Mississippi State graduate students Brian D. Ward of Drew and Milton C. Wardlaw of Batesville recently spent about 40 hours walking the par-72 course under the direction of MSU assistant professor of plant and soil sciences Michael S. Cox. The two were armed with a hand-held computer and backpack containing an antenna and other satellite downlink equipment.

As they walked, a position signal traveled from satellites to their receiver. With the information, the students produced detailed maps of each hole and a large grid of the entire course. The end result is a series of displays that can be used to locate virtually anything - even individual water sprinkler heads.

"Many of our volunteers won't know the location of shutoff valves and other such things," Colloredo said. "With these maps, I can circle a piece of equipment and no one should have a problem finding it when needed."

Colloredo said the Mississippi State Golf/Sports Turf management program has been a great resource. Jeff Krans said the MSU program benefits from Old Waverly, since students are able to work there through a co-op program.

"Our students have the chance to get hands on experience with cutting edge things in their field, and that is really invaluable," Krans said. "It's a big help that (Old Waverly founder) George Bryan and Bill Colloredo have been so supportive."

MSU professors are being suportive of the Open by volunteering their time. Euel Coats, Krans, and Michael Goatley will all be pitching in. Coats is a professor of weed science, while Krans and Goatley are agronomist.

"That's not uncommon in our business for superintendents to help at tournaments," said Krans, who taught Colloredo at MSU. "I recently worked as a volunteer at The Masters. To have the course perfectly manicured for a tournament like this you need several volunteers."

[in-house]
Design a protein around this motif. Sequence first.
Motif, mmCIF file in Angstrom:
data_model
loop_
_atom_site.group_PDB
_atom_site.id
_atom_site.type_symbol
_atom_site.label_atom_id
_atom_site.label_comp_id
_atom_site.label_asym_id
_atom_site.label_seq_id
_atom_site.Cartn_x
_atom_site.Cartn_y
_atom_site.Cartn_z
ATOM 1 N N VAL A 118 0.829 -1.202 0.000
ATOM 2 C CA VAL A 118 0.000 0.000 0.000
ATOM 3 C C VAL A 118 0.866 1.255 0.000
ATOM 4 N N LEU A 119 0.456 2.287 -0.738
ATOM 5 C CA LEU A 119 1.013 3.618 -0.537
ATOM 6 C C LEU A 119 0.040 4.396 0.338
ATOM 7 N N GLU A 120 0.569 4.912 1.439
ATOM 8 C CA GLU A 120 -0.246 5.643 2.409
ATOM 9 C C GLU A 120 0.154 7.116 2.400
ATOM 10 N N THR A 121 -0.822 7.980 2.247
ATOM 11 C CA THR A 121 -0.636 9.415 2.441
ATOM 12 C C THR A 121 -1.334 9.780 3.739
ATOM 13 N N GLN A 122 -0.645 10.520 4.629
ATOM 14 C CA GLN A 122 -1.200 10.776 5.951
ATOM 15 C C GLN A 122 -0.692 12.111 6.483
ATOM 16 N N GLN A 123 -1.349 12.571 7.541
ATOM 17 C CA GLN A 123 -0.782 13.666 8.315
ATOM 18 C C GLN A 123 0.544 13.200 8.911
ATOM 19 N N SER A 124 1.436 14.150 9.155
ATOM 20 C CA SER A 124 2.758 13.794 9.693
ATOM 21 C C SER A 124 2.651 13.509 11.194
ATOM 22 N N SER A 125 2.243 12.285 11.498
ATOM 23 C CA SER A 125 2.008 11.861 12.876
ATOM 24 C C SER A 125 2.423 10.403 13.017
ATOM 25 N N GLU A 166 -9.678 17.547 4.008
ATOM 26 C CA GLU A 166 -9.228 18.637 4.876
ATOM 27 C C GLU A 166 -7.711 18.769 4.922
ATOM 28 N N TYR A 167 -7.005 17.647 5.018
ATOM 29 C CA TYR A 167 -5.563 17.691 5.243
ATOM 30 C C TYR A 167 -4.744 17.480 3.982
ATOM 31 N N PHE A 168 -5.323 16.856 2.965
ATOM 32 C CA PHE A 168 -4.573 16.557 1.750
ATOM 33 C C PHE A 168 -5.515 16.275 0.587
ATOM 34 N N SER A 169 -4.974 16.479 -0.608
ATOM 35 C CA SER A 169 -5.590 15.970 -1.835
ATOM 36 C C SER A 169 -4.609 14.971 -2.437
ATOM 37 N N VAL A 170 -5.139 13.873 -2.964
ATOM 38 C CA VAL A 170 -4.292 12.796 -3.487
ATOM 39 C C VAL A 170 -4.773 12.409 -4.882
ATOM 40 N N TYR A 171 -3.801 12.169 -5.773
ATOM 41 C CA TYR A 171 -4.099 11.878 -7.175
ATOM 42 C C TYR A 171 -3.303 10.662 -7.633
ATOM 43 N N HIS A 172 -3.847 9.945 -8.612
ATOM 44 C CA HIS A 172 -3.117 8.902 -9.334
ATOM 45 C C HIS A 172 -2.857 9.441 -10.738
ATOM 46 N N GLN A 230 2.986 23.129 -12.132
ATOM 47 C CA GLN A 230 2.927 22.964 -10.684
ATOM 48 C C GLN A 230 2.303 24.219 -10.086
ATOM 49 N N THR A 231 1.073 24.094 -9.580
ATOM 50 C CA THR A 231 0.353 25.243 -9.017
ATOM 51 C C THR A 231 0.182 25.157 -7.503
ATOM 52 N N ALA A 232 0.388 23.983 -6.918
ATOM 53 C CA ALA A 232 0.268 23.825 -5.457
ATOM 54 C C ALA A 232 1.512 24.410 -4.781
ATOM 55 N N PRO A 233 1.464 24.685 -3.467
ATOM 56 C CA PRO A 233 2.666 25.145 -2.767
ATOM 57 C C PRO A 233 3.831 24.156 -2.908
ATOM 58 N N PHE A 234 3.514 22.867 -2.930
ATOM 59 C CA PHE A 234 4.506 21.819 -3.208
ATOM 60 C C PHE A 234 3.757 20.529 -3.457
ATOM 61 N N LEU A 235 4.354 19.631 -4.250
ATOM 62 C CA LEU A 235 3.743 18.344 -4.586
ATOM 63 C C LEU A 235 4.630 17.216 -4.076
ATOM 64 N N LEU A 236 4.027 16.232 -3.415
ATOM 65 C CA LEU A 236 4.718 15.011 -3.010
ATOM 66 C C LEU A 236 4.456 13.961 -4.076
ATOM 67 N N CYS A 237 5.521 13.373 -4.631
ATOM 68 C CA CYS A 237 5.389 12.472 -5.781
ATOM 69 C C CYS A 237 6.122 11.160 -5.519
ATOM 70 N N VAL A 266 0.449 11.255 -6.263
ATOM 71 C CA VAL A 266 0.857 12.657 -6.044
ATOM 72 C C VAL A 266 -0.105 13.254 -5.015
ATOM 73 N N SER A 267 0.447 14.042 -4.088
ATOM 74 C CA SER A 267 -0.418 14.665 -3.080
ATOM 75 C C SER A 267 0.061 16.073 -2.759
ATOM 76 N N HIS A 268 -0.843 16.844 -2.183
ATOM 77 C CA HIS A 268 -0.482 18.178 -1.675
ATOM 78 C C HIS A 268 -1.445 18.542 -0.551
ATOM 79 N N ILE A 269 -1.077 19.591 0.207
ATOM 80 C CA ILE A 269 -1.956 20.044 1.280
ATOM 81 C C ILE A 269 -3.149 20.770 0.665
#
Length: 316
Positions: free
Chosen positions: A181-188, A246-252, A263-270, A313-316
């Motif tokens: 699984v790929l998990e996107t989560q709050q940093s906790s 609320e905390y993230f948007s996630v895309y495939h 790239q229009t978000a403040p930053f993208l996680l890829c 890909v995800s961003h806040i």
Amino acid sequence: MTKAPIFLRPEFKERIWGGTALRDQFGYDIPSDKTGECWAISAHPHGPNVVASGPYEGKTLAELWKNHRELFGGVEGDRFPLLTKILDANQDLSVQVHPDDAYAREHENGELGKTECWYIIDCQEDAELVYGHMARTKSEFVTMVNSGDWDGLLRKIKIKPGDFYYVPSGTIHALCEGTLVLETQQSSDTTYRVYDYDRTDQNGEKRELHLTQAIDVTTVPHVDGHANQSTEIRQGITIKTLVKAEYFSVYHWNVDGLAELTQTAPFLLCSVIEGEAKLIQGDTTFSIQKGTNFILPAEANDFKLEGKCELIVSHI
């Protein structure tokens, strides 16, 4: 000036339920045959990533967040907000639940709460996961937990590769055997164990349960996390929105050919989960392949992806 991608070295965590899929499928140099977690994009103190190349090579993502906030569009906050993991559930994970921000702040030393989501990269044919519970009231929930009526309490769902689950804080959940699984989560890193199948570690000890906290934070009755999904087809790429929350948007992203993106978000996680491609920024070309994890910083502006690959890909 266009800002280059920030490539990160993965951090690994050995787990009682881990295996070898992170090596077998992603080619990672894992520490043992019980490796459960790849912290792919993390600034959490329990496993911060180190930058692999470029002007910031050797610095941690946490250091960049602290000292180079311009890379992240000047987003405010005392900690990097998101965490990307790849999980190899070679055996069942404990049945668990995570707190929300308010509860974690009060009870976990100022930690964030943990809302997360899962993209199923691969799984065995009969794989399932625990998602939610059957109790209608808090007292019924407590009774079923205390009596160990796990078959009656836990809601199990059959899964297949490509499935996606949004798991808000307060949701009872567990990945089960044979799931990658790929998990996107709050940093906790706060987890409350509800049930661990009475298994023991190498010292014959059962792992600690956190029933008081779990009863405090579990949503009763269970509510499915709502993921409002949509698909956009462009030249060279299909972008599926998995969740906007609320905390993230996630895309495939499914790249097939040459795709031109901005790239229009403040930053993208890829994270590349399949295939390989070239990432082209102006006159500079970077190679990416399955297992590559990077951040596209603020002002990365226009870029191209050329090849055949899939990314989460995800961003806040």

Colloredo, a Memphis native, began in the business at a development in Hot Springs, Ark., before joining the Old Waverly staff. Even he was caught off guard by the West Point course's growth.

"My knowledge of West Point was the prairie and being flat," Colloredo said. "I had no idea there was property this good in Clay County. The Bryans really have a dedication to make this a great golf course. That brings some pressure, but it's good."

Colloredo and his staff will probably only see the championship from 10:30 a.m. to 2 p.m. each day, all the while waiting by the walkie talkie if a problem arises.

"I'm looking forward to seeing the winner putt out on 18, and know we have done a great job," Colloredo said. "That's what I'm hoping for."

He's working, not just hoping. But every now and then Colloredo sneaks to the No. 5 hole, one of his favorites since golfers can feel like they are the only ones on the hole, and remembers his mother's advice.

"Bill, there's nothing prettier than a golf course early in the morning or late in the evening," Colloredo's mother said. "It's so peaceful."

Colloredo can't savor the peaceful feeling until late June 6, when the U.S. Women's Open is complete and he can smell the roses.

Mississippi State University Relations contributed to this story.